Using convenience sampling, patients and informal caregivers were contacted by email through the Patients for Patient Safety Canada members list, and were asked to participate in a semi-structured telephone interview. Patients for Patient Safety Canada is a national patient-led program of the Canadian Patient Safety Institute with an aim to help improve patient safety.19 Three reminder recruitment emails were sent at approximately 3-week intervals. Patient and informal caregivers interested in participating were instructed to contact the research assistant (JR).
The inclusion criteria were individuals: 65 years or older, admitted and discharged from the hospital to home with the last 90 days, able to communicate in English, and not cognitively impaired. Family members who were at least 18 years of age or older were also invited.
Data collection tools and methods
Following pilot testing of the interview guide, a trained research assistant (JR) conducted 45 to 60- minute audio-recorded semi-structured telephone interviews with patients and informal caregivers (Appendix A: Semi-structured telephone interview questions). The research assistant (JR) arranged a time that was most convenient for the telephone interview. Prior to the start of the interview, the research assistant read the information sheet, and obtained verbal consent. Participants were informed of the researcher’s research background and professional affiliation, and noted that the purpose of the interview was to engage in a general discussion and obtain their perspective on how care transitions could be improved.
A thematic analysis19 was used to extract key themes from all the transcripts. Two researchers (CB and DCY) independently reviewed and coded each transcript. The individual analyses were then collectively reviewed by the team members, looking for similarities between the transcripts and using an iterative process until consensus was obtained on the coding (code book) and the core themes were determined.20 Themes were derived from the data with ATLAS.ti software21 used to manage the qualitative data and support the thematic analysis. Researchers (CB and DCY) kept a journal to record any personal thoughts and information related to the data analysis. Participants were not provided final transcripts for comment or asked to provide feedback on the findings.
A total of eight (n=8) study participants were recruited between July and August 2016. Nine individuals (n=9) were interested in participating, however one individual was excluded (n=1) because they did not meet all of the inclusion criteria. The characteristics of the participants are found in Table 1.
Table 1 Participant characteristics
Patients and their informal caregivers described their perceptions of various aspects related to care transitions from hospital to home. The main themes that emerged included: 1) the need for effective communication between providers and patients/informal caregivers, 2) the need for improving key aspects of the discharge process, 3) increasing patient and family involvement and 4) suggestions on how to best monitor care transitions.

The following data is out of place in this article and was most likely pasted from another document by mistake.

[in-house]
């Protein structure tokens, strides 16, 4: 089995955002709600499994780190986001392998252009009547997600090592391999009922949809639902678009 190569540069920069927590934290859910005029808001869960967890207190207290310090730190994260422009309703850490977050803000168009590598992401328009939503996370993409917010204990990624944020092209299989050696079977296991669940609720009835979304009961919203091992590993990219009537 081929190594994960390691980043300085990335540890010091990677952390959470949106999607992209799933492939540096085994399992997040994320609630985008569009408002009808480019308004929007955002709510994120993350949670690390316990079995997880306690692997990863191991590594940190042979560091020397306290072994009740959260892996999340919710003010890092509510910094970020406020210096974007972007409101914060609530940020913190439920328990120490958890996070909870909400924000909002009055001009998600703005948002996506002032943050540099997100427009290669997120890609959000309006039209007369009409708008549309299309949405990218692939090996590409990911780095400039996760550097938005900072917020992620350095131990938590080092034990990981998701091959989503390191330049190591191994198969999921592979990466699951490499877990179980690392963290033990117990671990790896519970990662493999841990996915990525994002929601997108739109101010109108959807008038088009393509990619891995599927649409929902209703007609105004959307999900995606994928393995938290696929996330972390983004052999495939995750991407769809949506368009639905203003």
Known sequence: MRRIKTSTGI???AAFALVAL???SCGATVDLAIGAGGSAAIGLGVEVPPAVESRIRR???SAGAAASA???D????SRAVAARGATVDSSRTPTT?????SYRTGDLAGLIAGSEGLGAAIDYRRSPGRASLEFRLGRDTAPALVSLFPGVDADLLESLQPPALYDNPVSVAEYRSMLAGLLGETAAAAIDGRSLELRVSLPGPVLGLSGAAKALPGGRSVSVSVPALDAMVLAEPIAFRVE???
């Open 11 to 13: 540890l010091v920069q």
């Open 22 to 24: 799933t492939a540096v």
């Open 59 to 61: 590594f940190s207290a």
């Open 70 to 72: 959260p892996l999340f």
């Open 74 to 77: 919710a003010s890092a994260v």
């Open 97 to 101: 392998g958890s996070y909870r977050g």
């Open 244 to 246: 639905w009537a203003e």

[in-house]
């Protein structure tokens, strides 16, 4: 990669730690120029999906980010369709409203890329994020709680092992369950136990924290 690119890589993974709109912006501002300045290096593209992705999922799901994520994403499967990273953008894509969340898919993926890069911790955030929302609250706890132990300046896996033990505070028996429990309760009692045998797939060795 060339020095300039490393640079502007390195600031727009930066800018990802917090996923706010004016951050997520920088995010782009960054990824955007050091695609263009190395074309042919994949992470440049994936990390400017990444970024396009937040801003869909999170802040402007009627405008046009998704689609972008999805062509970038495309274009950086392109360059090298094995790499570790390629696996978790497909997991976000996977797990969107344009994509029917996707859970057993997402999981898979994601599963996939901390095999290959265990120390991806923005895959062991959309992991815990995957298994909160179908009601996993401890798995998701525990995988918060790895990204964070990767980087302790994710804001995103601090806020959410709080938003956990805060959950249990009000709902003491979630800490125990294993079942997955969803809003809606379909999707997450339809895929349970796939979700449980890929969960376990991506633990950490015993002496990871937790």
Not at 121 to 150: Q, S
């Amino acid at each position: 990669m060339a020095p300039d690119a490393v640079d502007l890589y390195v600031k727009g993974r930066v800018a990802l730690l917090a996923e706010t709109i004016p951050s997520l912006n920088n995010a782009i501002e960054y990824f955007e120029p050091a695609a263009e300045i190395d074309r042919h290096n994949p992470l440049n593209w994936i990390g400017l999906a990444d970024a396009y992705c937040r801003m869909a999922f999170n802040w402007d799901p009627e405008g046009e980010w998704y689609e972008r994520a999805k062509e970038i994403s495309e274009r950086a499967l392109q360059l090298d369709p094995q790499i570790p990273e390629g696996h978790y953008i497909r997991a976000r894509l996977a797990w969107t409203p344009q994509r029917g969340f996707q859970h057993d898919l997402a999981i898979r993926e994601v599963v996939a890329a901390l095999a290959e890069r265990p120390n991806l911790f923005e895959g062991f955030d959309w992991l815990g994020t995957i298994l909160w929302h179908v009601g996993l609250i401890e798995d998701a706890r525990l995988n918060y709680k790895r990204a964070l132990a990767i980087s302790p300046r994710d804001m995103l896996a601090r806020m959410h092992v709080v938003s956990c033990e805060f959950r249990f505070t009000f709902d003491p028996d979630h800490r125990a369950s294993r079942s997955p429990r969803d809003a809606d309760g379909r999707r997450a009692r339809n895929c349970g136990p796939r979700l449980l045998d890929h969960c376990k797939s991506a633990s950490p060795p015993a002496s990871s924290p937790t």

Theme 1: need for effective communication between providers and patients/informal caregivers
Under this theme, participants described examples of successful communication between health care providers and patients and their informal caregivers and also described their experiences with lack of effective communication. Participants also made suggestions to improve communication between providers across health care sectors.
Successful communication between health care providers and patients and their informal caregivers
Participants explained that it was easy to communicate to the health care providers and that the health care providers were supportive during the discharge planning process. Participants felt that the discharge planning process was well communicated, with one of those commenting on the inclusivity of the process, Caregiver 3 explained that:
“…there was a meeting with the physician in charge of that ward, the nurse that was the care nurse on the ward, and somebody from the homecare organization and, the two of us. And that meeting was in a special room. It was totally open and free with any sort of questions being asked and being answered. It was a very good meeting. I was also clear on what was going to happen after that because of that meeting…”
Several participants also commented on their experiences with supportive health care providers, either prior to discharge or once at home. Caregiver 6 said:
“The infection specialist gave me his home phone number even and said, you know, if you get any more trouble, get on the phone. Which I did once.”
Caregiver 5 also commented,
“…at least [at] the pharmacy… there was a wonderful staff lady who whenever he had any issues or any questions about his medicine or not feeling all right, he would call her and she would help him and she would also want to talk to the family, i.e., his wife, and if his adult children were near around them.”
Despite these positive experiences, some participants also noted poor communication between health care providers and patients/informal caregivers, specifically between one level of care to another.
Poor communication between health care providers and patients/informal caregivers
Participants expressed their concerns with the lack of information received as they transitioned from one setting to another. For example, Caregiver 4 said:
“The patient- and family-centered care in an acute care facility…, you know, was excellent. But the connection into the next level of care not so excellent.”